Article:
Christians Must Make Prayer Meaningful

One of my non-Catholic friends was a fellow teacher I had met in Mexico, though he himself came from northern Europe. His posts on Facebook about prayer were followed up by videos of his building houses for people who had lost everything. Each post raised awareness, but also drew attention to himself. It is difficult to do good without drawing this attention. Hopefully, prayer never becomes another way to look good.

True prayer is neither an “inoculation to action” nor a prelude to action–nor is it about looking good. I feel it is itself action. It changes us from the inside out and changes our world in ways we cannot even imagine. It shatters our tower of pride and self-reliance. Prayer recalls the king of the earth and the kingdom to come. Let us be cautious, however, of praying glibly. All too often the prayers our culture makes come without any real intention of change. They are not prayed with a desire to believe more in the power of God. In a world in which prayer is sometimes used as a political troupe, Christians must show that it has a much deeper meaning.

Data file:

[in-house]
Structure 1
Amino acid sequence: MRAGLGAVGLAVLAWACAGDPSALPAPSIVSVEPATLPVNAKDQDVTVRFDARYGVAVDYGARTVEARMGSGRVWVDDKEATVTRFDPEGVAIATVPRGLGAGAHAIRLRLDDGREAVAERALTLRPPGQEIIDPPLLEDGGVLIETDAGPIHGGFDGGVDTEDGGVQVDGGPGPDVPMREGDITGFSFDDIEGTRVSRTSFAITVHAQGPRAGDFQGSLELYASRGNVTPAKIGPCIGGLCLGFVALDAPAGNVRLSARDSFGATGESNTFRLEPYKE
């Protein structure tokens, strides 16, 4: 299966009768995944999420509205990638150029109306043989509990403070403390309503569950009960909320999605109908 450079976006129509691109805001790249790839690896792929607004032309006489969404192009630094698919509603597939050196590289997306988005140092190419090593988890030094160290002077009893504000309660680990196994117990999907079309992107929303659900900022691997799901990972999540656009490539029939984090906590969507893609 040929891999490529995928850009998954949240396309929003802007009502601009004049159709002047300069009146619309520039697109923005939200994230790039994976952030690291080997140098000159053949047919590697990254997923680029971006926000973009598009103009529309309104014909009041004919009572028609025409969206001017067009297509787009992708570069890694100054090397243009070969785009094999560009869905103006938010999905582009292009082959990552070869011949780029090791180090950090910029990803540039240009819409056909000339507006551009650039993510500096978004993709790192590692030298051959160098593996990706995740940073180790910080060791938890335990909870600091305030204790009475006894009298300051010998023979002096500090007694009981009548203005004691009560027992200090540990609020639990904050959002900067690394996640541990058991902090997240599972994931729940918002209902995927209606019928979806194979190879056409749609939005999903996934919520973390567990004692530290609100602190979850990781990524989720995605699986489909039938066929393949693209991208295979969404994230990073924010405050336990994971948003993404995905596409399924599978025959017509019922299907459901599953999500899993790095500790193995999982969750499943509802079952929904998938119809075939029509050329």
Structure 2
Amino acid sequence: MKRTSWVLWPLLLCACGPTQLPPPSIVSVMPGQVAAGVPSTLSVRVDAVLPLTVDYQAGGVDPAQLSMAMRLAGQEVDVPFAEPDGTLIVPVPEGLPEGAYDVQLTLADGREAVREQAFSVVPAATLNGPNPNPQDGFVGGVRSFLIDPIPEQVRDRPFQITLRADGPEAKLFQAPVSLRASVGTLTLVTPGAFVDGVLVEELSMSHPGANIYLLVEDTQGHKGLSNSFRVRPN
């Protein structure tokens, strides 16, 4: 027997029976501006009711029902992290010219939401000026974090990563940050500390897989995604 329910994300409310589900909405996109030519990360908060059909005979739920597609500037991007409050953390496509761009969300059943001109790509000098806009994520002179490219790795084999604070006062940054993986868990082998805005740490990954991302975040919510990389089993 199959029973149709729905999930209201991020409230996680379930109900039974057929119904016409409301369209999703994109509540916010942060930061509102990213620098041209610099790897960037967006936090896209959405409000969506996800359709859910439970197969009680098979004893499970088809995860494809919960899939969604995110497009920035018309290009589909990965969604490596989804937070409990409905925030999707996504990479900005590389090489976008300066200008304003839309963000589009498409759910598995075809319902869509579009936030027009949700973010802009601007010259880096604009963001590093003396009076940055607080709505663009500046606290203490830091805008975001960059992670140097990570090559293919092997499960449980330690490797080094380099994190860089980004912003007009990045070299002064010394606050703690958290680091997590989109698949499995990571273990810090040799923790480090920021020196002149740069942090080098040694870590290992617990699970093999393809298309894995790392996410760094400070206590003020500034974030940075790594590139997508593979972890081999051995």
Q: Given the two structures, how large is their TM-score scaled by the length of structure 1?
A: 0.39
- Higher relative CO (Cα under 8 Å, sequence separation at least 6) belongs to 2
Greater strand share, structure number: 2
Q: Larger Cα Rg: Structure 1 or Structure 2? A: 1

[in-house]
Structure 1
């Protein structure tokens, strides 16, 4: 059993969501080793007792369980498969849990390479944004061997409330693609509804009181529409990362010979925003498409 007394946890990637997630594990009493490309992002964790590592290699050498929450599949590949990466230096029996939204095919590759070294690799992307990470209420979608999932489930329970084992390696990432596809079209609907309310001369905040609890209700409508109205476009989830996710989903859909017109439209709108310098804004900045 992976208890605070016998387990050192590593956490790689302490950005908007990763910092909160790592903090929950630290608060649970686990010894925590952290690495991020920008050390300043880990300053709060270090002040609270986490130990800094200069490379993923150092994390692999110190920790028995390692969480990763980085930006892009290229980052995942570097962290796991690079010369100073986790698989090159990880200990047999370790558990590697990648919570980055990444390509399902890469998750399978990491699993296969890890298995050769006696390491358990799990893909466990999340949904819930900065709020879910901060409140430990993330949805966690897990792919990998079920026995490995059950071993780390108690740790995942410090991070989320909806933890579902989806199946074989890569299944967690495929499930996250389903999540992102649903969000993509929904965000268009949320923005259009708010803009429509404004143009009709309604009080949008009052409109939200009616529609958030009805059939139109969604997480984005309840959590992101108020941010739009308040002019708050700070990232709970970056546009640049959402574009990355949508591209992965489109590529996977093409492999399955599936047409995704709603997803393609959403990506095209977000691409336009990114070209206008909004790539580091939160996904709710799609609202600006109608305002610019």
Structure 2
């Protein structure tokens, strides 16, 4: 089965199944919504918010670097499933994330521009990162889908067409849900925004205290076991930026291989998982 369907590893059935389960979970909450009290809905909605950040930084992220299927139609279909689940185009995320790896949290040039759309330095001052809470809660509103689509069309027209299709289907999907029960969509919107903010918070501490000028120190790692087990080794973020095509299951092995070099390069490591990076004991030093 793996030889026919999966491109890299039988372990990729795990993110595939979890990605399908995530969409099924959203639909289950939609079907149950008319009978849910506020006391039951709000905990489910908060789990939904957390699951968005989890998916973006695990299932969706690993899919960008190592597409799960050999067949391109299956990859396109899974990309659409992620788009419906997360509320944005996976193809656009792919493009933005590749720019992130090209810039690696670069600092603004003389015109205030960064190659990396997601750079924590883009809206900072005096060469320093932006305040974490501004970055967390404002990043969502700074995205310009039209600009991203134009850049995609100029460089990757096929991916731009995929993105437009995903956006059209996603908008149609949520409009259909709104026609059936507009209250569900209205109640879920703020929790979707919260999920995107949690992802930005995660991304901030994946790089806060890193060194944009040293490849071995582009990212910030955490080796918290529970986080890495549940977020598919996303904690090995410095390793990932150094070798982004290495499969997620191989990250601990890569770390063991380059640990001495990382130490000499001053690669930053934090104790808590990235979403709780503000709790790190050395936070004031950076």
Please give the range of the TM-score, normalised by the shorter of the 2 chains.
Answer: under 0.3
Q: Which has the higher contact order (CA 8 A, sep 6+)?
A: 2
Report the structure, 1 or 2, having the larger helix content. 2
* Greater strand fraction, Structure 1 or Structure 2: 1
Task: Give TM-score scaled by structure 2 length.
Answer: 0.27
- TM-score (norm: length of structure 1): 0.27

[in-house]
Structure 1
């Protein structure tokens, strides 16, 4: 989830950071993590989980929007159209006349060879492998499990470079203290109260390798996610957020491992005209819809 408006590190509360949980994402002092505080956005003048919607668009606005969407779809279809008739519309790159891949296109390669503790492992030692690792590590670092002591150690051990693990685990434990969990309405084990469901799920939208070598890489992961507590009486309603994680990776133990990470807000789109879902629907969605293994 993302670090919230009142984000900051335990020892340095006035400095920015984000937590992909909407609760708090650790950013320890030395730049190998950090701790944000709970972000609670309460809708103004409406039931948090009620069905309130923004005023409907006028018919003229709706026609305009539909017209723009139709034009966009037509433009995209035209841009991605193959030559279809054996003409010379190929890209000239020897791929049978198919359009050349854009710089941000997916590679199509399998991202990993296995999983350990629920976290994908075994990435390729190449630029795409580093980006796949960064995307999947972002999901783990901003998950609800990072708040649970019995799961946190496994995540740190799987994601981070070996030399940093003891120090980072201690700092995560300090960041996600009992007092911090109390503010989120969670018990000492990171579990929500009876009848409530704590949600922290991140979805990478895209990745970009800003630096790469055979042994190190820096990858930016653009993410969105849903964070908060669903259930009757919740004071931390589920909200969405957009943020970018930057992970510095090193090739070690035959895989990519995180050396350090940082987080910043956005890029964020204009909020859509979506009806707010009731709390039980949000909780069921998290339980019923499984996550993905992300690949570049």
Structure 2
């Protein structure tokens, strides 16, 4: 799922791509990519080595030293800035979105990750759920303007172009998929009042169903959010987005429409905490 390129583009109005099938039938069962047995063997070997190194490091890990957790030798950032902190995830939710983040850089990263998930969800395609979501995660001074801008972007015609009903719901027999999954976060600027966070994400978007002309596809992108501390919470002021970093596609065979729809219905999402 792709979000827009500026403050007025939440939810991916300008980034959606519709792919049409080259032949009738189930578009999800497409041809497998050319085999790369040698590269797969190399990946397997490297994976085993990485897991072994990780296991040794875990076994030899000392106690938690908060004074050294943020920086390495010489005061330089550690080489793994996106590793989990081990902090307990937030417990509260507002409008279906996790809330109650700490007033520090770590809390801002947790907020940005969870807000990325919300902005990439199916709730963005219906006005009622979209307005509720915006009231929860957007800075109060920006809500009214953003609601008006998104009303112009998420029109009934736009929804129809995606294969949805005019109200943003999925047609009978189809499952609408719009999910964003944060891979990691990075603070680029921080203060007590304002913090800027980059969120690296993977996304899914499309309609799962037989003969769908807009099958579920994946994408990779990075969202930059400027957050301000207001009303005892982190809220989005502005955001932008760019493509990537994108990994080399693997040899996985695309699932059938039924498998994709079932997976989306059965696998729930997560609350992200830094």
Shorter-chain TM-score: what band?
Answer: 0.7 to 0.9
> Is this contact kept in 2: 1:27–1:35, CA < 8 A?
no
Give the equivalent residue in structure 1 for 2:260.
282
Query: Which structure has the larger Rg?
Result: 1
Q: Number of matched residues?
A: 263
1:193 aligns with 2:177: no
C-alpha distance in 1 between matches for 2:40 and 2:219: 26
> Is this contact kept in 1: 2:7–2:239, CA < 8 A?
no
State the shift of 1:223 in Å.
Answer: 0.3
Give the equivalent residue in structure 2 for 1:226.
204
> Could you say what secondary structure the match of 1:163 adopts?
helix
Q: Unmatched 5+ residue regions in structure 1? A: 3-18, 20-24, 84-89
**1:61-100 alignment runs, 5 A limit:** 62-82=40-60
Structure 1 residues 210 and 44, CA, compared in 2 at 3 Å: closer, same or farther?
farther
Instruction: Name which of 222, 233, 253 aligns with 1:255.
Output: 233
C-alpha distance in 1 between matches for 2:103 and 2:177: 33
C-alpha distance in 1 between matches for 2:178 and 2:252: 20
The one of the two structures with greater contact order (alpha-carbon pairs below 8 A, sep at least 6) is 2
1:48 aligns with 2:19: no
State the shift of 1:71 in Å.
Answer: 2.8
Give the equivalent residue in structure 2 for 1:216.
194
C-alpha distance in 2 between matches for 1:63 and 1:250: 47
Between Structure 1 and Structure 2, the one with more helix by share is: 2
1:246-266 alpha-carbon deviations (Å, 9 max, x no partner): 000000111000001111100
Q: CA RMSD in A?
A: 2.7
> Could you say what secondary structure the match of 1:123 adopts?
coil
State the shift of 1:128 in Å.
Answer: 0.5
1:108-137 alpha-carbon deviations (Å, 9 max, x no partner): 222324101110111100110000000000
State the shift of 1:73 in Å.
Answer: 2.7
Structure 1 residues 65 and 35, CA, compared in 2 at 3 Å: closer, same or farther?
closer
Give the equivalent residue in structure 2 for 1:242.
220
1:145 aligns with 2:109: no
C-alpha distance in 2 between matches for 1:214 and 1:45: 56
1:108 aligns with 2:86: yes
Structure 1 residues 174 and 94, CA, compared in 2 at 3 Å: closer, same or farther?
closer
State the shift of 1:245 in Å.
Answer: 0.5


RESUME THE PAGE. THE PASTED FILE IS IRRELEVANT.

Photography: See our Photographers page.

About the Author:

Currently living in the Boston area, Paul recently completed his Masters in Teaching English as a Second language. Raised in Catholicism, he deepened his faith by completing his undergraduate degree at a Catholic liberal arts school. There he became familiar with inseparability of faith and reason even with a deeper realization of the ideological warfare faced by the faithful. A passionate educator and learner, Paul has taught in Mexico and Chile, as well as Boston. Faith and obedience to the teachings of the Catholic Church remain the core of Paul's life. Encouraging others in their walk with Christ, he hopes to share the joy and peace of the Gospel by following in the footsteps of Pope Francis who reaches out to sinners with humility and compassion.